Trewin

George Wills’ descendants in the US — another update

George Wills, 1793-1856, Image from our private family archives. George Wills’ original portrait was inherited by his daughter Martha according to his will.

Quite a long time ago, I did a number of posts on Wills family descendants in the US, specifically George and Mary Wills’ daughter and son-in-law Mary and William Sargent (original surname = Slaymaker) and their children: my great grandmother Elizabeth Sargent and her siblings Samuel, Sarah (Sadie) and William.  Of all the children, I knew the least about Sadie. From George Wills’ Descendants in America — An Update:

I discovered some census records that revealed that Sarah went by the name Sadie, and that she was married to Richard O. Hemion, a machinist, who was born in 1857 in Rockland County, NY,  to John and Catharine Hemion. In 1880, he was working as a cigar maker in Jersey City, NJ, and living with an older sister, Amelia Curyansen, and her family.  [I saw some message boards stating the surname was actually Auryansen, and was misspelled in that record. Auryansen is a Dutch surname, and evidently the history of the family in America goes way back.] It is in Jersey City that he must have become acquainted with Sadie. According to the 1900 census, they were married in roughly 1882. The pair settled in East Rutherford, NJ, and had four children: Cora, Mabel, Everett, and Edith (see below for dates). By 1920, Sadie is listed as a widow and living with children Cora and Everett, by then in their thirties.

Several months ago I spotted a public tree for the Hemion family on Ancestry. It had the wrong Sarah Sargent, a mistake that was logical given the family changed their name from Slaymaker before emigrating to the US after the Civil War. I was able to reach the tree’s owner to notify them of the error, and then we started sharing information. Turns out he and his brother are great-grandsons of Sadie and Richard, and they’d had scant information passed down to them about Sadie’s roots. I was able to share all the information in this blog with them.

At some point the brothers hope to locate the photo they have of Sadie; a recent move has temporarily displaced it. They did say that their mother Ruth Ramp remembered her grandmother as having very long waist-length snow-white hair and that she had worked as a pastry chef but had never had enough patience at home to teach her children the craft.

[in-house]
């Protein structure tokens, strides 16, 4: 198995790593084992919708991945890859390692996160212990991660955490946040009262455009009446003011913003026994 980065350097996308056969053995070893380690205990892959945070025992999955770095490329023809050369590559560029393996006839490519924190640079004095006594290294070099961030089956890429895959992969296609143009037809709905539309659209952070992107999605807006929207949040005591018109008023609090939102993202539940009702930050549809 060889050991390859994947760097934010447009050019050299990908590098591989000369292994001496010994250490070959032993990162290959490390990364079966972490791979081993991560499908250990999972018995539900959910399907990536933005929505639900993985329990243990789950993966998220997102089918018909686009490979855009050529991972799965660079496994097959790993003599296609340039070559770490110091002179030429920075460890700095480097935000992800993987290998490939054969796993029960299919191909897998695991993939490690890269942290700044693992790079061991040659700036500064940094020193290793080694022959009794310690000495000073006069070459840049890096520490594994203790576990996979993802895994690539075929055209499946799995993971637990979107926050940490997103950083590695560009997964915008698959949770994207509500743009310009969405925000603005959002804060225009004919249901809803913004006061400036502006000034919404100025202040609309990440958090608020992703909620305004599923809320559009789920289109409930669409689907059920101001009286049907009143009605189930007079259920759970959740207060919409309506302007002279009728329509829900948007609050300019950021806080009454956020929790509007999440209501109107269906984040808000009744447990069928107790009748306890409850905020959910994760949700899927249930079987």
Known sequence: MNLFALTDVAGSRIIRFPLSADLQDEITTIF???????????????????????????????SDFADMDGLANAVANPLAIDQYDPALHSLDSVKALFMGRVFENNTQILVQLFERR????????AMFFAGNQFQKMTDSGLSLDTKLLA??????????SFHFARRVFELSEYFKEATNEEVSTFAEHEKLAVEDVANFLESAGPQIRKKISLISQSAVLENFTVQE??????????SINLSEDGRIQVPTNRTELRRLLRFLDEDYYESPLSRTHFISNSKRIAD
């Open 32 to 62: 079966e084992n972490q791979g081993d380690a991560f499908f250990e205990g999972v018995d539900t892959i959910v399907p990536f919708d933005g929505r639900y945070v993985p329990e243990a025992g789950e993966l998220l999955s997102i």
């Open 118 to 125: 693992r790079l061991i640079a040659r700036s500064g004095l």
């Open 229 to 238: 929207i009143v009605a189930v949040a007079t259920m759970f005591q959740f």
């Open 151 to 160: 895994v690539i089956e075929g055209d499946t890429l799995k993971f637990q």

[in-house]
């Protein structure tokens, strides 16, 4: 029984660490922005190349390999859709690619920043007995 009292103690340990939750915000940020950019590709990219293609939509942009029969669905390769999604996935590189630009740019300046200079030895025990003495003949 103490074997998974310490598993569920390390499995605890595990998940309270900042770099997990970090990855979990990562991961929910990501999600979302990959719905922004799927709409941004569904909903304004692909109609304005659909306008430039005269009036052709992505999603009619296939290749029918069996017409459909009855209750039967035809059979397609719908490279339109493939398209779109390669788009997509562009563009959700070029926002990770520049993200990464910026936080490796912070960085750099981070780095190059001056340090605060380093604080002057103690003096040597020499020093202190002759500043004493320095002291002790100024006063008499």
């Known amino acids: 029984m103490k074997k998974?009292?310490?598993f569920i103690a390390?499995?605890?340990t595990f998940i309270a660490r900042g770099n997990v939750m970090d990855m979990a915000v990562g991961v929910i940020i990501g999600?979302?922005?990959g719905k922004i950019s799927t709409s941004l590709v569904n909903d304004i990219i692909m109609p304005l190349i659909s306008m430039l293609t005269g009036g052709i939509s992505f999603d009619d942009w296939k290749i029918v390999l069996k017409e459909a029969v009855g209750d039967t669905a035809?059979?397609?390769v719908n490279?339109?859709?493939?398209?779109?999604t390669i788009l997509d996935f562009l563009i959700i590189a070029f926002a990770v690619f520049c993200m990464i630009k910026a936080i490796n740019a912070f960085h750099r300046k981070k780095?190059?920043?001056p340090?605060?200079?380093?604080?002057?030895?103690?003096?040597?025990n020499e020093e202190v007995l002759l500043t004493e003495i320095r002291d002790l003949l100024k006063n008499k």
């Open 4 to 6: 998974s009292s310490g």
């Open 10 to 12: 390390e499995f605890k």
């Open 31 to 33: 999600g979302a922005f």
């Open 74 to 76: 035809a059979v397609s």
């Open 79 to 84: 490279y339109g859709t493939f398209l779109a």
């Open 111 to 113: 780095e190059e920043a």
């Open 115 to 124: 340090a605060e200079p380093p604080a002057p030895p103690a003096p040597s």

We also managed to find a date of death for Sadie and her husband and find their burial places as well as those of some other family members. Most are in Hillside Cemetery, Lyndhurst, New Jersey.

Below is an updated tree:

1-Sarah (Sadie) Sargent b. Jul 1860, St. Sepulchre, Northampton, 
  Northamptonshire, England, d. 12 Jul 1935, East Rutherford, Bergen, New 
  Jersey, Bur. 15 Jul 1935, Hillside Cemetery, Lyndhurst, Bergen Co., NJ
 + Richard Osborn Hemion b. Feb 1857, Rockland Co., New York, d. 15 Jun 1911, 
  Bur. 18 Jun 1911, Hillside Cemetery, Lyndhurst, Bergen Co., NJ
|-----2-Cora S. Hemion b. May 1883, Middletown, New York, d. 4 Feb 1959, Bergen 
|       Pines Hospital, East Rutherford, Bergen, New Jersey, Bur. Hillside 
|       Cemetery, Lyndhurst, Bergen Co., NJ
|-----2-Mabel Hemion b. 1 Aug 1885, New York, d. Dec 1974, New Jersey
|      + Edward N. De Blayker b. 4 May 1878, Passaic, NJ, d. After 1942
|     |-----3-Edward Harold De Blayker b. 25 Dec 1914, New Jersey, d. 23 Jun 
|     |       1980, East Rutherford, Bergen, New Jersey
|     |-----3-Gladys C. De Blayker b. Abt 1917, New Jersey, d. 5 Nov 1974